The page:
Facebook issues revenue warning over mobile growth
FACEBOOK has warned investors that the rapid growth of its mobile apps threatens its long-term financial prospects as users increasingly desert their desktops.
A week before its Wall Street flotation, Facebook said the number of users of its and apps for smartphones and tablets is growing quicker than the number of adverts it is serving up because it has not developed its mobile advertising strategy.
“We believe this increased usage of Facebook on mobile devices has contributed to the recent trend of our daily active users increasing more rapidly than the increase in the number of ads delivered,” Facebook said.
As more people use mobile devices to chat to friends and post pictures yet Facebook remains unable to make money from them, “our financial performance and ability to grow revenue would be negatively affected”, the dominant social network admitted.
Facebook made the disclosure in an update to its regulatory filings, ahead of its highly-anticipated Initial Public Offering next week. The flotation is expected to raise as much as $13.6bn on a valuation of up to £96bn.
The changes show mobile is an increasingly urgent problem for Facebook to solve in order to continue its financial growth.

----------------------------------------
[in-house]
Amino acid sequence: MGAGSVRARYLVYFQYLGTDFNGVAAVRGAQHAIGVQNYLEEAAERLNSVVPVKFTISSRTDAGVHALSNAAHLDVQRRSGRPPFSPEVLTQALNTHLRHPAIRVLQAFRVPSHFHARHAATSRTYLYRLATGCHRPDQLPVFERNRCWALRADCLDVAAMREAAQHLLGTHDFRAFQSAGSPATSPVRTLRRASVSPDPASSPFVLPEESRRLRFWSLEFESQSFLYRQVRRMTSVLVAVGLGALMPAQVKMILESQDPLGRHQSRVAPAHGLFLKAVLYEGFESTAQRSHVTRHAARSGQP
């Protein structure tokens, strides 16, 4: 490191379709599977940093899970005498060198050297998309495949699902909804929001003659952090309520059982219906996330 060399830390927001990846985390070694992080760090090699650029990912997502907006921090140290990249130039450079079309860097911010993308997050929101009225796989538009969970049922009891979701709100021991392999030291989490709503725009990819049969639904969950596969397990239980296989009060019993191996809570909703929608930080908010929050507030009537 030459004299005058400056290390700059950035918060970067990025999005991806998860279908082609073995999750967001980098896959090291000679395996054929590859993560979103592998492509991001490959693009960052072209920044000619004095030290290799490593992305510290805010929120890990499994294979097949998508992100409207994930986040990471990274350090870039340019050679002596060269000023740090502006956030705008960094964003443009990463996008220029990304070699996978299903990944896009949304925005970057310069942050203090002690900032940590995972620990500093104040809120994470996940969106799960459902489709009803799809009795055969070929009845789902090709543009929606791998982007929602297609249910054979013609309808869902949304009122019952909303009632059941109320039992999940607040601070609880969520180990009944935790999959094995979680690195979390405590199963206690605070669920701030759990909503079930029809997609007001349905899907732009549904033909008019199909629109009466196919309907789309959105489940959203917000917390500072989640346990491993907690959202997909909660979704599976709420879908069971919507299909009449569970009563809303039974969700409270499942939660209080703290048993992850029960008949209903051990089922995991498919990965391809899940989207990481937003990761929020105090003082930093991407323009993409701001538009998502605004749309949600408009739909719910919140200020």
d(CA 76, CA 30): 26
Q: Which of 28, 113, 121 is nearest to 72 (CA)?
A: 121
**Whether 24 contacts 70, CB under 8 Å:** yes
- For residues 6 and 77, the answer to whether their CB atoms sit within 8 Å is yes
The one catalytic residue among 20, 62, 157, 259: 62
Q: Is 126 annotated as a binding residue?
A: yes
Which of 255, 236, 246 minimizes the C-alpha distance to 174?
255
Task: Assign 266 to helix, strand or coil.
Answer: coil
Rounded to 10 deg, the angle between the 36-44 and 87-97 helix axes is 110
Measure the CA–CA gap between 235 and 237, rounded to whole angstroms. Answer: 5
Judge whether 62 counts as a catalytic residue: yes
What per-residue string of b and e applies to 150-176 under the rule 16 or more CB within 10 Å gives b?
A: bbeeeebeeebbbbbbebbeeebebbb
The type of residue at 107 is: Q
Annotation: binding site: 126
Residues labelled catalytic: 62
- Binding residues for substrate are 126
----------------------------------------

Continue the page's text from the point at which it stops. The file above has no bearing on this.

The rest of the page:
Last year, 85 per cent of Facebook’s $3.7bn revenues came from advertising served up on its main website. It meanwhile only made its first tentative steps into mobile advertising in March by offering to insert “Sponsored Stories” into the “news feed” on smartphones and tablets, which is typically the jumping-off point for users.
The firm’s own figures show that more than half of its 901 million users in March accessed their account on the move. According to ComScore, Facebook users are also spending most time where the firm makes the least money; on average 441minutes on mobile in March, compared to 391 minutes for traditional website users.
Aware of the trend, Mark Zuckerberg, Facebook’s founder and chief executive, has been on a pre-IPO shopping spree for mobile assets, including the photo-sharing app Instagram, bought for $1bn last month, and Glancee, a “social discovery” app, which helps smartphone users meet people with similar interests based on their location.
Facebook is also ramping up efforts to open revenues streams that could supplement mobile advertising if it proves difficult. Today [Thursday] it announced a mobile app store to promote games and other software that exploit Facebook connections. As well as showcasing popular apps on Apple and Google’s app stores, such as the Pictionary-like game “Draw Something”, Facebook will sell apps based exclusively on its network and take a 30 per cent share of revenues.
Although Facebook’s revenues rose to $1.06bn in the first quarter, from $731m a year ago, its profits fell to $205m from $233m, which it blamed on hiring more staff, and rising marketing and development spending.